"We present you with your food."
Translation:Vi præsenterer dig for din mad.
I came to the comments cause it wasn't making much sense to me either, but I guess these odd structures are part of what make other languages so interesting.
maybe danish "for" here could be more like more archaic english "before", as in when you say: I stand before you.
Does that make sense? It's helping me so I hope it does lol
I am trying to make sense of this sentence, to see how or when I would use it and I'm not sure if I could see a context where this would make sense. I don't really understand the meaning of it in any language. What is duolingo trying to say here? How is this helpful to learn a language, when it actually creates more questions than answers?
I agree with you wholeheartedly! (Gave you a Lingot!) While I'm at it....another thing DL does that is NOT helpful to learning - the woman who speaks in Danish speaks so fast, and drops to a whisper with some words, that it's impossible to learn from what she says without using the 'turtle' audio. Even if that is the way some people speak in Denmark, it is not conducive to learning. (Stepping off my soap box now....)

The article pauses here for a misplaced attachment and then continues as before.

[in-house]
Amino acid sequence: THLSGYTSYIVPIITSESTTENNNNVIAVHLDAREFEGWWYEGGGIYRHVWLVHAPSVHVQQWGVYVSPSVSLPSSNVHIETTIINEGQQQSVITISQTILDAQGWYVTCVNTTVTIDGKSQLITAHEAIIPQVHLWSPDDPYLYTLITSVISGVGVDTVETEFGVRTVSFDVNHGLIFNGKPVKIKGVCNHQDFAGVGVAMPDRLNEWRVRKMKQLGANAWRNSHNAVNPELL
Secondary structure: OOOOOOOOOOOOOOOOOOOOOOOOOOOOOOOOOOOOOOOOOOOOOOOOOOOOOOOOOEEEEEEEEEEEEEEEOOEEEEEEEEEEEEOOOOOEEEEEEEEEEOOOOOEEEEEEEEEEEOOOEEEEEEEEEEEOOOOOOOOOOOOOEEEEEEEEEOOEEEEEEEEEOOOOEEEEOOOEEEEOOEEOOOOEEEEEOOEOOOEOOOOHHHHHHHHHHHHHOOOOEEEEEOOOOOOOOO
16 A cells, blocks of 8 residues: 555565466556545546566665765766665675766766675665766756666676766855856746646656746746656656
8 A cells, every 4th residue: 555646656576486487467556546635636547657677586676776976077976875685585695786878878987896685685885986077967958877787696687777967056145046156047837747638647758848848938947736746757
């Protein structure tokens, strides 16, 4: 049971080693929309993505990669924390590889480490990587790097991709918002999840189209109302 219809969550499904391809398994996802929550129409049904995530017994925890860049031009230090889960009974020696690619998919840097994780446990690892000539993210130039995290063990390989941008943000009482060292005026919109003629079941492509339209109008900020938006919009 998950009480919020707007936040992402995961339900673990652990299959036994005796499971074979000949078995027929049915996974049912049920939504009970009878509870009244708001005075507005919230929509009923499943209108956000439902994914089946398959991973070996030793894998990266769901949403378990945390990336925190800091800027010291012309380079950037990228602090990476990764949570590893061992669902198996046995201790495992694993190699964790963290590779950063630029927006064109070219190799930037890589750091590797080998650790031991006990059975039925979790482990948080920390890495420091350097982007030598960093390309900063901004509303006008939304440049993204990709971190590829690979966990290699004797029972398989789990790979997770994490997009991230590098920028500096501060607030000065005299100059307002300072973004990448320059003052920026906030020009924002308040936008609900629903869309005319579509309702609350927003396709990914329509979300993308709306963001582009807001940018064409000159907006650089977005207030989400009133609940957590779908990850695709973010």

Yeah, have to agree with you. I thought of it this way: Picture yourself at a really, really fancy restaurant that you're paying megabucks for. The waiter comes out with the entree and says "... Oh, and the waiter is your best friend because he didn't use any formal pronouns to address you. Ok, yes, contrived, but no more so than the original sentence itself. Good luck.
"present (something) to (one). To formally or ceremoniously give or award something to one."
"Vi forærer dig din mad".
Thank you for sharing. I think it would make sense if the subject would be different, i.e. "Vi forærer dig min mad", to build on your example – I am not sure what the intention with the original sentence is but it's definitely not helpful as the sentence doesn't have a clear context or application, at least at this level of language knowledge (no one would use Shakespeare's writtings to start learning English, that was my point above)
Umm....as an aside....I just gave the sentence a down vote because it's a terrible sentence (see up and down arrows just underneath the translation) and noticed that the number went down by one. So, with all the grumbling about the sentence, why have people been giving it up votes? Or, am I using that feature wrong?